Rose continued her detective work. She was certain that Imogen Swinhoe was the woman in black, a sign that the ghost was a widow. Who else had a reason to be dressed in widow's clothes besides Imogen? To get more proof, she interviewed Imogen's stepdaughter, who told Rose that her stepmother's favorite room in the house had been the living room, the same room in which Rose had observed the ghost so often.
She also learned something else of interest: Mr. Swinhoe died in the month of July, his first wife died in August, and Imogen died in September. The woman in black was seen most often during those months, which might be explained by the dates of their death.
The most puzzling thing about the woman in black is that some members of the Despard family were never able to see her. One night, four years after the ghost had first appeared, Edith, one of Rose's sisters, was the last person to go upstairs. As she walked down the hallway to her room, two of her sisters called to her and said that they had heard some odd noises a few moments before. They had opened their doors and peered into the hall, and they saw the flame of a candle go down the hall as if carried by someone. But the person and the candle itself were not visible - only the burning flame. As the three sisters stood in the hall, holding their lighted candies, they heard footsteps approach them and then walk between them. As the footsteps passed, they felt a cold wind, but their candles were not blown out. The footsteps continued down the hall to the stairway.
After that experience, Rose had few other encounters with the woman in black. She wrote in a final Ghost Report, published by the British Society for Psychical Research, that by 1892 the woman hadn't been seen in three years, though her footsteps were still heard sometimes. By her dedicated research, Rose Despard provided good evidence that the ghost of Mrs. Swinhoe really existed - and, in fact, still exists. A number of sightings over the past twenty years suggest that Mrs. Swinhoe's ghost still haunts Rose's old house.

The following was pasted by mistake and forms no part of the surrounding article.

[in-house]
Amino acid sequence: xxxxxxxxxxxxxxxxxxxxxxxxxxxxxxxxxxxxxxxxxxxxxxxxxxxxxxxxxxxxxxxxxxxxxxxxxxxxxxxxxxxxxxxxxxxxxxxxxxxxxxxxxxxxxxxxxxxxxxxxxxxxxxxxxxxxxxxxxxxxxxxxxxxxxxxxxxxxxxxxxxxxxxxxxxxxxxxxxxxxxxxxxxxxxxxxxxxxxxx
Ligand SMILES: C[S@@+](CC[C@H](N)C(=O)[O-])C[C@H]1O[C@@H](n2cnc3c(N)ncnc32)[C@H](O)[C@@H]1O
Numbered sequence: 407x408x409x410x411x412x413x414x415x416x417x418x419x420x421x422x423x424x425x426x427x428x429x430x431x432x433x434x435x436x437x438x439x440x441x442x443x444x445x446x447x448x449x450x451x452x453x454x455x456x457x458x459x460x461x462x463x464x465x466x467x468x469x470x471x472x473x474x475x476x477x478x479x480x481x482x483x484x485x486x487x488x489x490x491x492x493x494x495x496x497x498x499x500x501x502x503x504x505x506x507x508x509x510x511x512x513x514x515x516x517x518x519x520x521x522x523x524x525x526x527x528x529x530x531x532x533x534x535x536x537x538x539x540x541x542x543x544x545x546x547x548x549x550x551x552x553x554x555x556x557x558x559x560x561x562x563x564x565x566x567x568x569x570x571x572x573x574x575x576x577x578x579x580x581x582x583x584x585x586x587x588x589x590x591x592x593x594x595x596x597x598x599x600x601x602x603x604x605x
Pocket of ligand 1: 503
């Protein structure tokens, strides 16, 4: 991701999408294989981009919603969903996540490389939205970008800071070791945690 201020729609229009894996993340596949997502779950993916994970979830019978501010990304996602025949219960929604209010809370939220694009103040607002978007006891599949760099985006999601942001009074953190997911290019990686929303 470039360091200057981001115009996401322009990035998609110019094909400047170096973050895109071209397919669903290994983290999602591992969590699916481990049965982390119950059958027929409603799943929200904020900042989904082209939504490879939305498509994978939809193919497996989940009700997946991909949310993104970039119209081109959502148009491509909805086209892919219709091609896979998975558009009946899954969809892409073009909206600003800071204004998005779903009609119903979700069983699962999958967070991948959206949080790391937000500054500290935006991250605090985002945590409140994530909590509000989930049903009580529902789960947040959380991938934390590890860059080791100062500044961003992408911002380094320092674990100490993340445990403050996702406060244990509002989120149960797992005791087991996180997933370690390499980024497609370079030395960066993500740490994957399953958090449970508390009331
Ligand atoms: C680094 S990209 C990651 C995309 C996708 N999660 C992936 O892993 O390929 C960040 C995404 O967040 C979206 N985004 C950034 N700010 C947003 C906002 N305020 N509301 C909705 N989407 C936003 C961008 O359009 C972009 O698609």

One more thing. Rose's research not only proved the existence of Mrs. Swinhoe but it prepared her for her future career. In 1895, Rose completed medical school, graduating with high honors. Not only was she among the first women doctors in England, she was definitely well prepared for the research, problem solving, and dedication that her profession demanded. Rose wanted to understand ghosts better.
As a ghost hunter and as a Ghost Detective, you should strive to do the same.
Copyright © James M. Deem. Originally published as part of Chapter 9 in How to Find a Ghost (Houghton Mifflin, 1988). All rights reserved.